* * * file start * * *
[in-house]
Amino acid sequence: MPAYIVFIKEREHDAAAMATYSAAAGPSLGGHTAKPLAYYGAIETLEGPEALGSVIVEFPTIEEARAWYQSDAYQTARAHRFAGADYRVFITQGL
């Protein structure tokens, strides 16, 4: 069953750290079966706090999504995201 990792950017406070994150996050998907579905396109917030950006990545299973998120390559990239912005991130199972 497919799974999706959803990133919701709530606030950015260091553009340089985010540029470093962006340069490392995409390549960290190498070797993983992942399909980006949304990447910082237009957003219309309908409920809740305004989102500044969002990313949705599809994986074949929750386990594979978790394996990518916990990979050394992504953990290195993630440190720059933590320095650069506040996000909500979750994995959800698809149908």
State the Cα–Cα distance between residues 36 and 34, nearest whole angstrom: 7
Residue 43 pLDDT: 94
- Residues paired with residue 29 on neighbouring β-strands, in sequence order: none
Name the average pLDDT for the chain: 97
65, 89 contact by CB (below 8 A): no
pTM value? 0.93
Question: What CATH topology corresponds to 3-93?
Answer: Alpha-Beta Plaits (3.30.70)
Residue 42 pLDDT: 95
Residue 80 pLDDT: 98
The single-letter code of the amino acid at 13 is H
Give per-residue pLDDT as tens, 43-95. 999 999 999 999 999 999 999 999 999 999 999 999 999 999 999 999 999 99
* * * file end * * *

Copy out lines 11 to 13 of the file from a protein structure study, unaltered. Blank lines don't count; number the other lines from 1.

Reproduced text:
Answer: Alpha-Beta Plaits (3.30.70)
Residue 42 pLDDT: 95
Residue 80 pLDDT: 98